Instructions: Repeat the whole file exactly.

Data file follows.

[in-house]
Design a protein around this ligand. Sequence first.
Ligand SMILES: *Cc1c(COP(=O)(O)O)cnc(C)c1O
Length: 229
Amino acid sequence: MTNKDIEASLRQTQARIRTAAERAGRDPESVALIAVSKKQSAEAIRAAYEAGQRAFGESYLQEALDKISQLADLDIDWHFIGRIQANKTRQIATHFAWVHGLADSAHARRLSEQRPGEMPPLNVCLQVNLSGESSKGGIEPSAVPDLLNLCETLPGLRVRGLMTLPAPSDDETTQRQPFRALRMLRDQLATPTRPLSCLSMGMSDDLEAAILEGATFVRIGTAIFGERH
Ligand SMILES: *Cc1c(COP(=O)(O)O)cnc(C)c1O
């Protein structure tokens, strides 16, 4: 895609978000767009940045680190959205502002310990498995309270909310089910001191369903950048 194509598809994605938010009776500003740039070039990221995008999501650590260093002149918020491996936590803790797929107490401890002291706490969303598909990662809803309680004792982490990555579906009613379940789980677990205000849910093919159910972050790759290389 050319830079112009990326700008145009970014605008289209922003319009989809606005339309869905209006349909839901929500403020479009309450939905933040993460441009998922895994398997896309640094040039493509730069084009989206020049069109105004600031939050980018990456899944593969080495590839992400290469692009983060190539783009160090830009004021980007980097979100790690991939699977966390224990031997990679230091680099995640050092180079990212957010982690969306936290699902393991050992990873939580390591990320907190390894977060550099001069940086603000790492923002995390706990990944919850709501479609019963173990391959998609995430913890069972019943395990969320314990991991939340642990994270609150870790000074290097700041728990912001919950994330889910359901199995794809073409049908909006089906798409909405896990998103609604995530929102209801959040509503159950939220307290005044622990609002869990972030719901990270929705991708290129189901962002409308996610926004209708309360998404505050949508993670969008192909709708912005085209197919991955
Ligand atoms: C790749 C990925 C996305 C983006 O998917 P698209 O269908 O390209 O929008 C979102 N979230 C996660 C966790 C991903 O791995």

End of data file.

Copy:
[in-house]
Design a protein around this ligand. Sequence first.
Ligand SMILES: *Cc1c(COP(=O)(O)O)cnc(C)c1O
Length: 229
Amino acid sequence: MTNKDIEASLRQTQARIRTAAERAGRDPESVALIAVSKKQSAEAIRAAYEAGQRAFGESYLQEALDKISQLADLDIDWHFIGRIQANKTRQIATHFAWVHGLADSAHARRLSEQRPGEMPPLNVCLQVNLSGESSKGGIEPSAVPDLLNLCETLPGLRVRGLMTLPAPSDDETTQRQPFRALRMLRDQLATPTRPLSCLSMGMSDDLEAAILEGATFVRIGTAIFGERH
Ligand SMILES: *Cc1c(COP(=O)(O)O)cnc(C)c1O
């Protein structure tokens, strides 16, 4: 895609978000767009940045680190959205502002310990498995309270909310089910001191369903950048 194509598809994605938010009776500003740039070039990221995008999501650590260093002149918020491996936590803790797929107490401890002291706490969303598909990662809803309680004792982490990555579906009613379940789980677990205000849910093919159910972050790759290389 050319830079112009990326700008145009970014605008289209922003319009989809606005339309869905209006349909839901929500403020479009309450939905933040993460441009998922895994398997896309640094040039493509730069084009989206020049069109105004600031939050980018990456899944593969080495590839992400290469692009983060190539783009160090830009004021980007980097979100790690991939699977966390224990031997990679230091680099995640050092180079990212957010982690969306936290699902393991050992990873939580390591990320907190390894977060550099001069940086603000790492923002995390706990990944919850709501479609019963173990391959998609995430913890069972019943395990969320314990991991939340642990994270609150870790000074290097700041728990912001919950994330889910359901199995794809073409049908909006089906798409909405896990998103609604995530929102209801959040509503159950939220307290005044622990609002869990972030719901990270929705991708290129189901962002409308996610926004209708309360998404505050949508993670969008192909709708912005085209197919991955
Ligand atoms: C790749 C990925 C996305 C983006 O998917 P698209 O269908 O390209 O929008 C979102 N979230 C996660 C966790 C991903 O791995």